Because we could gather data simultaneously on diet, reproduction, movements and survival of barn owls, it would be possible to study the interactions of those factors as well as the contributions of weather and changes in prey populations. Since most of the boxes were occupied all year, both as nest sites and roosts, we could collect data yeararound. In 1977, we began the research by collecting regurgitated pellets each month at each site. By analyzing remains in pellets it is possible to determine food habits both qualitatively and quantitatively. Doing this for numerous sites in all seasons and over many years will allow insight into variables that otherwise escape understanding. Despite the many published studies on barn owl foods from around the world,4 it has not been possible before to study variables of barn owl predation, i.e. the roles of weather, vegetational and prey changes and individual learning by owls.

Each year we record reproductive data: number of nests, number of eggs laid per nest and number of fledgling per nest. We also band all the young and as many adults as possible for individual recognition. These banded birds provide information on mortality and direction and distance of movements. By analyzing returns of owls found dead and those we recapture, we are beginning to understand causes of mortality, which way and how far the birds move. For example, during the abnormally severe winter of 1981-1982, we were able to document and quantify the tremendous die-off of barn owls caused by the combined stress of very low temperatures and deep snow-the mice were safely under the snow.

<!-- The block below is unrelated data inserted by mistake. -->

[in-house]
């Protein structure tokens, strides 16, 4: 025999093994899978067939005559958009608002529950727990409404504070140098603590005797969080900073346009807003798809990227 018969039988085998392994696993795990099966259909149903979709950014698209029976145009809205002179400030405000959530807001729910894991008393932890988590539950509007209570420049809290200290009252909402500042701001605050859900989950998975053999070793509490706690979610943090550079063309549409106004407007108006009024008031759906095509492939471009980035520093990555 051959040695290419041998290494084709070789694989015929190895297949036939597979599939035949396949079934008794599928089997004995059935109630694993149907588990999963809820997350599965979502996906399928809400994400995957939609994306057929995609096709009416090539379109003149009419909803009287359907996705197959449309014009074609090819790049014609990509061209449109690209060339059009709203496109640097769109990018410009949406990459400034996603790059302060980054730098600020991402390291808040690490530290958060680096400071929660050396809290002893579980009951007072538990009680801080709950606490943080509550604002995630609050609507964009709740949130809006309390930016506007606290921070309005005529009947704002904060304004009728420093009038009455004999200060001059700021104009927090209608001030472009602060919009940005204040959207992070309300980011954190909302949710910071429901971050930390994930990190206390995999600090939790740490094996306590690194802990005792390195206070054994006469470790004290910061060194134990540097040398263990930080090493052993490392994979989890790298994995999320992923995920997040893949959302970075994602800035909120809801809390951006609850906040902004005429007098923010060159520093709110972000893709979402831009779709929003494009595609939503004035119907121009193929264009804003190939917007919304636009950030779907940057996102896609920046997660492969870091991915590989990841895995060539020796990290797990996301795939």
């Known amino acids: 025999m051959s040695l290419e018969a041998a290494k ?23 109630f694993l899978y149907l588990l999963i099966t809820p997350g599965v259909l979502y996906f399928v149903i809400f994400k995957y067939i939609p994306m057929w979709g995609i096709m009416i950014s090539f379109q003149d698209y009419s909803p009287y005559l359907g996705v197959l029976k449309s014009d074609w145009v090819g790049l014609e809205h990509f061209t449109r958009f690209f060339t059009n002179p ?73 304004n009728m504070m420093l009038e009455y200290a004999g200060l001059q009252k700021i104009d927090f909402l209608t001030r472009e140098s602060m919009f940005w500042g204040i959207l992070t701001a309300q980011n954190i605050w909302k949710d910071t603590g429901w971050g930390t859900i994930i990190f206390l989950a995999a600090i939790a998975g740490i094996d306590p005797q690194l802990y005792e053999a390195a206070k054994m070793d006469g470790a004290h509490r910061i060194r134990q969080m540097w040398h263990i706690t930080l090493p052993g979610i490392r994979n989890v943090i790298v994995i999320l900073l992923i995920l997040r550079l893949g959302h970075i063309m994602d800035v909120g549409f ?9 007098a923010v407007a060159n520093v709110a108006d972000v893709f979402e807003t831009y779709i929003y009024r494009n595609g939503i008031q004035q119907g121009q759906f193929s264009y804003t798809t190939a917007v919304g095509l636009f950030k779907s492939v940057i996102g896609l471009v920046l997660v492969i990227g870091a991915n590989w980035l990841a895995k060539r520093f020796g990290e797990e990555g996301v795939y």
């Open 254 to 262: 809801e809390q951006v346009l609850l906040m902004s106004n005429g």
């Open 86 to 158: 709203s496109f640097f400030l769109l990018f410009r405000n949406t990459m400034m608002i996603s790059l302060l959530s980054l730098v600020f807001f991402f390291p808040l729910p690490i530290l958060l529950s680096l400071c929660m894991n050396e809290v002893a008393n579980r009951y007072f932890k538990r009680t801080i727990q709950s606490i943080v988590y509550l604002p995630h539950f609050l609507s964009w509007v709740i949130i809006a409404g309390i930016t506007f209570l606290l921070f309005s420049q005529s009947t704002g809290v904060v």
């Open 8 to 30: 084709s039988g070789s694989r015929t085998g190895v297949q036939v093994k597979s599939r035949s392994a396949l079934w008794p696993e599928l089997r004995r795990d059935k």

A sabbatical leave in 1979 allowed me to add another important dimension to this study. During this time, I began an association with the U.S. Bureau of Land Management working with their Birds of Frey Research Project in southwestern Idaho. A unique place, the Snake River Birds of Prey Area has one of the densest concentrations of nesting birds of prey in the world; fourteen species nest there. Several conditions, however, are different for barn owls than in Utah. One in particular, the concentration of other predators (hawks, eagles, falcons, other owls, coyotes, badgers and snakes) is very different than in the farmlands of northern Utah, where there are few other predators to compete for food. Thus, an excellent opportunity exists to test several hypotheses on the role of competition by comparing diet characteristics and changes in Utah and Idaho barn owls.